WORKING PAPERS. The Impact of Technological Change and Lifestyles on the Energy Demand of Households


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1 ÖSTERREICHISCHES INSTITUT FÜR WIRTSCHAFTSFORSCHUNG WORKING PAPERS The Impact of Technologcal Change and Lfestyles on the Energy Demand of Households A Combnaton of Aggregate and Indvdual Household Analyss Kurt Kratena, Ina Meyer, Mchael Wüger 334/2009
2 The Impact of Technologcal Change and Lfestyles on the Energy Demand of Households A Combnaton of Aggregate and Indvdual Household Analyss Kurt Kratena, Ina Meyer, Mchael Wüger WIFO Workng Papers, No. 334 February 2009 Emal addresses: 2009/035/W/0
3 The mpact of technologcal change and lfestyles on the energy demand of households: a combnaton of aggregate and ndvdual household analyss Kurt Kratena, Ina Meyer, Mchael Wüger * Abstract: Ths paper deals wth ntegratng technology as well as lfestyles as drvng forces of energy demand nto a model of total prvate consumpton. Prvate consumpton s determned by economc varables lke ncome and prces as well as these other factors. Technology s represented by varables measurng the effcency of households' captal stocks and lfestyles by socodemographc varables. Data for both types of varables are avalable n cross secton consumer surveys and n tme seres data of aggregate consumpton. The cross secton surveys provde nformaton on ncome and socodemographc factors relevant for energy demand (characterstcs of buldng and populaton densty). The tme seres data contan nformaton on prces and ncome as well as the energy effcency emboded n household applances. The fnal model of consumpton conssts of a consstent combnaton of both tme seres and cross secton nformaton nto one comprehensve econometrc model. Ths model descrbes demand for energy and nonenergy commodtes n an almost deal demand system (AIDS) and s used n ex post smulaton exercses to solate the mpact of technologcal and socodemographc varables on the demand for gasolne/desel, heatng and electrcty. Key words: household energy demand, rebound effects, effcency of applances, lfestyles JEL Code: D11, D13, Q53 * Austran Insttute of Economc Research (WIFO), P.O. Box 91, A1103 Venna (Austra), correspondng author:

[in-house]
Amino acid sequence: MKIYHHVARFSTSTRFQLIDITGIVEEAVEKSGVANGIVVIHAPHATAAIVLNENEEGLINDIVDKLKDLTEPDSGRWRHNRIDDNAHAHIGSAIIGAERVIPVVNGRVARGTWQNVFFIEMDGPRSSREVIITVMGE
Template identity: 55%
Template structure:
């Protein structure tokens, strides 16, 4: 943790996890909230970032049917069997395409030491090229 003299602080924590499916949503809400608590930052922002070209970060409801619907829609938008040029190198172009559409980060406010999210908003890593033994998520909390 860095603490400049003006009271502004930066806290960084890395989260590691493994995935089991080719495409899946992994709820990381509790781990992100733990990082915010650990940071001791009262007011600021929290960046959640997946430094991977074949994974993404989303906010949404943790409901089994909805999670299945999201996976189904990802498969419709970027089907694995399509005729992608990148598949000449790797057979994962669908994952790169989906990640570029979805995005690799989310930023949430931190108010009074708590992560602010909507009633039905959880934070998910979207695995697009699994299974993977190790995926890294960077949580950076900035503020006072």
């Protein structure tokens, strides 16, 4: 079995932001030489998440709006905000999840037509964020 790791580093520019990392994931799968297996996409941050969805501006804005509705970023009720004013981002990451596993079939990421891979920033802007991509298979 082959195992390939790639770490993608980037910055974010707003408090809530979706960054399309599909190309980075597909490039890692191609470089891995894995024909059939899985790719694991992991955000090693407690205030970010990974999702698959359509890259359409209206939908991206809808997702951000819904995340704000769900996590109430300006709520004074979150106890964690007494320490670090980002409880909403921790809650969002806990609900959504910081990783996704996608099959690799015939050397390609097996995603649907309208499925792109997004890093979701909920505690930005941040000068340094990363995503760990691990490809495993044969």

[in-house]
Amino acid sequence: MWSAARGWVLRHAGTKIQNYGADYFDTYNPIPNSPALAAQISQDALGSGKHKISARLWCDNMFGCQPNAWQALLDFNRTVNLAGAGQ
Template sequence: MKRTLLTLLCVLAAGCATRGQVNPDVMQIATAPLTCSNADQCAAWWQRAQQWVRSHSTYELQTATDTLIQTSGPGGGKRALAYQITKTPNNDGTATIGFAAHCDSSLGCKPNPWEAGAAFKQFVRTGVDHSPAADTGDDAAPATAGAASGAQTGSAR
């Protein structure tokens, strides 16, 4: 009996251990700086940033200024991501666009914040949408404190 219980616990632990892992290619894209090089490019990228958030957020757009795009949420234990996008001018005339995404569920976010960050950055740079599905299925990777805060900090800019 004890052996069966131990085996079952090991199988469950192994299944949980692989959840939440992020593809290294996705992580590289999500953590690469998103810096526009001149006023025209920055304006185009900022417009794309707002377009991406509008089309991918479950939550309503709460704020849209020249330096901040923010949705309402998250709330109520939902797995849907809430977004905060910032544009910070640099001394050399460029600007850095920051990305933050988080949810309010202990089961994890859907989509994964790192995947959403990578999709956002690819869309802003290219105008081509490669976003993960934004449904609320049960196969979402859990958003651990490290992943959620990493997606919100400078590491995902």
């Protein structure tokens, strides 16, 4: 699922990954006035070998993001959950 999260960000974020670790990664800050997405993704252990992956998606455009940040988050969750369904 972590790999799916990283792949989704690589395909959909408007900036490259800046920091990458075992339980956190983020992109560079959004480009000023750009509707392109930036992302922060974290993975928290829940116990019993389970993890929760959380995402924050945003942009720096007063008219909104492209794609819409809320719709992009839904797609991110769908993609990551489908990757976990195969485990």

4 1. Introducton Energyconsumpton of households ncludng fuel use for passenger transport, households electrcty and heat consumpton are growng rapdly despte of technologcal progress. It s well known that households energy demand s determned by a complex nterplay of economc (ncome, prces), technologcal (energy effcency) and socodemographc varables (households lfestyles). As technologcal change leads to hgher effcency of energy usng applances and therefore has a ceters parbus dampenng effect on energy demand, other factors must have compensated ths mpact. One counterbalancng factor s the well known rebound effect of effcency mprovements (Khazzoom, 1980 and 1989, Berkout, et.al., 2000) based on the mechansm that effcency mprovements lower the prce of the servce of energy. Hgh ncome growth and low or fallng energy prces and ther mpact on demand can also compensate for effcency mprovements. A thrd factor s socodemographc change that brngs about changes n lfestyles that are relevant for households energy demand. A large body of lterature on households energy demand exsts (see: Madlener, 1996). Most of the lterature s characterzed by ts partal analytcal nature, the use of sngle equaton estmaton and the applcaton of cross secton or panel data sets. (e.g. Larsen and Nesbakken, 2004; Holtedahl and Joutz, 2004; Hondroyanns, 2004). Some recent studes cover the whole resdental energy demand (Labandera et al., 2006) and only a few the whole energy relevant consumers demand (e.g. Brännlund et al., 2007). Technologcal nformaton s ntegrated nto some studes wthn the concept of a synthess between economc and engneerng models (Larsen and Nesbakken, 2004) or as a combnaton of bottomup and topdown modellng (Rvers and Jaccard, 2005). The mportance of the stock of applances s taken nto account n